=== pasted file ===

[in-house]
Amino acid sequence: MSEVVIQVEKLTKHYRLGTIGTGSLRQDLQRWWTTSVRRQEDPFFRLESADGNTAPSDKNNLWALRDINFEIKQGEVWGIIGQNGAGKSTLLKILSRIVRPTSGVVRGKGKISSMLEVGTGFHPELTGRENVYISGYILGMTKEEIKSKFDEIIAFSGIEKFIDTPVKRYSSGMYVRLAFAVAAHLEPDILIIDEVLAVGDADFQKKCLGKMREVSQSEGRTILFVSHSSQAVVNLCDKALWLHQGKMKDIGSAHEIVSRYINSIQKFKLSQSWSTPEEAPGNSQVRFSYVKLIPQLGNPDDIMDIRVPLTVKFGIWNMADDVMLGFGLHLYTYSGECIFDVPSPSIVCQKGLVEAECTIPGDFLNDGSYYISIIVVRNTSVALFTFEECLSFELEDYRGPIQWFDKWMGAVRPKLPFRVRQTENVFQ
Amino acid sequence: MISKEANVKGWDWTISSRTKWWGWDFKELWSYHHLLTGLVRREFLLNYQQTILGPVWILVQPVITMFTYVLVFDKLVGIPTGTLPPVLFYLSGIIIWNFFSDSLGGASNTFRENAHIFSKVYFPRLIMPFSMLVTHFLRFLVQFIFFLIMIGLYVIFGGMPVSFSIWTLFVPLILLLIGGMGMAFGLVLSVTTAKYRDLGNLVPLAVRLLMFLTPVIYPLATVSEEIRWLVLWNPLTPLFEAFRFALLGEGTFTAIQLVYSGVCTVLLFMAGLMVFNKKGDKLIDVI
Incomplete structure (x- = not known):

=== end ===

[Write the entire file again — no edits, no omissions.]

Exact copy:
[in-house]
Amino acid sequence: MSEVVIQVEKLTKHYRLGTIGTGSLRQDLQRWWTTSVRRQEDPFFRLESADGNTAPSDKNNLWALRDINFEIKQGEVWGIIGQNGAGKSTLLKILSRIVRPTSGVVRGKGKISSMLEVGTGFHPELTGRENVYISGYILGMTKEEIKSKFDEIIAFSGIEKFIDTPVKRYSSGMYVRLAFAVAAHLEPDILIIDEVLAVGDADFQKKCLGKMREVSQSEGRTILFVSHSSQAVVNLCDKALWLHQGKMKDIGSAHEIVSRYINSIQKFKLSQSWSTPEEAPGNSQVRFSYVKLIPQLGNPDDIMDIRVPLTVKFGIWNMADDVMLGFGLHLYTYSGECIFDVPSPSIVCQKGLVEAECTIPGDFLNDGSYYISIIVVRNTSVALFTFEECLSFELEDYRGPIQWFDKWMGAVRPKLPFRVRQTENVFQ
Amino acid sequence: MISKEANVKGWDWTISSRTKWWGWDFKELWSYHHLLTGLVRREFLLNYQQTILGPVWILVQPVITMFTYVLVFDKLVGIPTGTLPPVLFYLSGIIIWNFFSDSLGGASNTFRENAHIFSKVYFPRLIMPFSMLVTHFLRFLVQFIFFLIMIGLYVIFGGMPVSFSIWTLFVPLILLLIGGMGMAFGLVLSVTTAKYRDLGNLVPLAVRLLMFLTPVIYPLATVSEEIRWLVLWNPLTPLFEAFRFALLGEGTFTAIQLVYSGVCTVLLFMAGLMVFNKKGDKLIDVI
Incomplete structure (x- = not known):